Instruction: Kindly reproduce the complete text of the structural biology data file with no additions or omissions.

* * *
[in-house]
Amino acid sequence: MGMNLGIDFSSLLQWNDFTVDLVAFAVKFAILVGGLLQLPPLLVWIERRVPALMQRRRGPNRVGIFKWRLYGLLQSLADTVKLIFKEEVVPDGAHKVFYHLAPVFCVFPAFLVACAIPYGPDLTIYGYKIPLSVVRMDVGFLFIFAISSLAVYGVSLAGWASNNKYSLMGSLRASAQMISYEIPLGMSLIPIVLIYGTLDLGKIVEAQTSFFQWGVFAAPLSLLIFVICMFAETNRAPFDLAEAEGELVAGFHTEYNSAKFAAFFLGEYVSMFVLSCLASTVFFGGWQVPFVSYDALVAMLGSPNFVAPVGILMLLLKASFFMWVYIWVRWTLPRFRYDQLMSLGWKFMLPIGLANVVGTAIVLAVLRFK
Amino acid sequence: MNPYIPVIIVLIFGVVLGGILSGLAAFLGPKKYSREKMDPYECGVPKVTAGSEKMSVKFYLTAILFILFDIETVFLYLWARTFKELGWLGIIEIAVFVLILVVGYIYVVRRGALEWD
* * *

[in-house]
Amino acid sequence: MGMNLGIDFSSLLQWNDFTVDLVAFAVKFAILVGGLLQLPPLLVWIERRVPALMQRRRGPNRVGIFKWRLYGLLQSLADTVKLIFKEEVVPDGAHKVFYHLAPVFCVFPAFLVACAIPYGPDLTIYGYKIPLSVVRMDVGFLFIFAISSLAVYGVSLAGWASNNKYSLMGSLRASAQMISYEIPLGMSLIPIVLIYGTLDLGKIVEAQTSFFQWGVFAAPLSLLIFVICMFAETNRAPFDLAEAEGELVAGFHTEYNSAKFAAFFLGEYVSMFVLSCLASTVFFGGWQVPFVSYDALVAMLGSPNFVAPVGILMLLLKASFFMWVYIWVRWTLPRFRYDQLMSLGWKFMLPIGLANVVGTAIVLAVLRFK
Amino acid sequence: MNPYIPVIIVLIFGVVLGGILSGLAAFLGPKKYSREKMDPYECGVPKVTAGSEKMSVKFYLTAILFILFDIETVFLYLWARTFKELGWLGIIEIAVFVLILVVGYIYVVRRGALEWD